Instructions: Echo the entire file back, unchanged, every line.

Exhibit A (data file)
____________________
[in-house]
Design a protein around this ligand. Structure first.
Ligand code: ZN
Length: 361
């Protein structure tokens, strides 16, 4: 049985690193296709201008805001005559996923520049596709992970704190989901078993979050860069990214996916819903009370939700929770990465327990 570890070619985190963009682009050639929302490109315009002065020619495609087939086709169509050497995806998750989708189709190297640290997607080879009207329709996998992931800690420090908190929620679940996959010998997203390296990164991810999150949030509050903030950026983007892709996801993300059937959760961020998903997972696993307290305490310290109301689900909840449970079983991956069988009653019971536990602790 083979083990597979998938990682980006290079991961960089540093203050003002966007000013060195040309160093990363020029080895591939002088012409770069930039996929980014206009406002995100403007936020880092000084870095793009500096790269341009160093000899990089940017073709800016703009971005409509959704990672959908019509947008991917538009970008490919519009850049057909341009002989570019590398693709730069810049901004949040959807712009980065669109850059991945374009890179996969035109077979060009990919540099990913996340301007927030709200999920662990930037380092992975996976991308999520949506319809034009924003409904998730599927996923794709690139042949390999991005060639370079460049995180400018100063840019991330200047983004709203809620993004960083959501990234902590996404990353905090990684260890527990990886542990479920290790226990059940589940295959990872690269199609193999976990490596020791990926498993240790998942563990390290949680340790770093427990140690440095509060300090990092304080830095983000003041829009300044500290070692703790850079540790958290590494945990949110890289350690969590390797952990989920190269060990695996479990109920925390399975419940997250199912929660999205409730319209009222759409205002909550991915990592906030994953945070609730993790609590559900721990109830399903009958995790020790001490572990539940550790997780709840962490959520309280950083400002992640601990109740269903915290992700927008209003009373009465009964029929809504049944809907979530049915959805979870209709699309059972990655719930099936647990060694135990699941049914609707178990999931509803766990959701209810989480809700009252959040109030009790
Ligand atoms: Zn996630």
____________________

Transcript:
[in-house]
Design a protein around this ligand. Structure first.
Ligand code: ZN
Length: 361
């Protein structure tokens, strides 16, 4: 049985690193296709201008805001005559996923520049596709992970704190989901078993979050860069990214996916819903009370939700929770990465327990 570890070619985190963009682009050639929302490109315009002065020619495609087939086709169509050497995806998750989708189709190297640290997607080879009207329709996998992931800690420090908190929620679940996959010998997203390296990164991810999150949030509050903030950026983007892709996801993300059937959760961020998903997972696993307290305490310290109301689900909840449970079983991956069988009653019971536990602790 083979083990597979998938990682980006290079991961960089540093203050003002966007000013060195040309160093990363020029080895591939002088012409770069930039996929980014206009406002995100403007936020880092000084870095793009500096790269341009160093000899990089940017073709800016703009971005409509959704990672959908019509947008991917538009970008490919519009850049057909341009002989570019590398693709730069810049901004949040959807712009980065669109850059991945374009890179996969035109077979060009990919540099990913996340301007927030709200999920662990930037380092992975996976991308999520949506319809034009924003409904998730599927996923794709690139042949390999991005060639370079460049995180400018100063840019991330200047983004709203809620993004960083959501990234902590996404990353905090990684260890527990990886542990479920290790226990059940589940295959990872690269199609193999976990490596020791990926498993240790998942563990390290949680340790770093427990140690440095509060300090990092304080830095983000003041829009300044500290070692703790850079540790958290590494945990949110890289350690969590390797952990989920190269060990695996479990109920925390399975419940997250199912929660999205409730319209009222759409205002909550991915990592906030994953945070609730993790609590559900721990109830399903009958995790020790001490572990539940550790997780709840962490959520309280950083400002992640601990109740269903915290992700927008209003009373009465009964029929809504049944809907979530049915959805979870209709699309059972990655719930099936647990060694135990699941049914609707178990999931509803766990959701209810989480809700009252959040109030009790
Ligand atoms: Zn996630």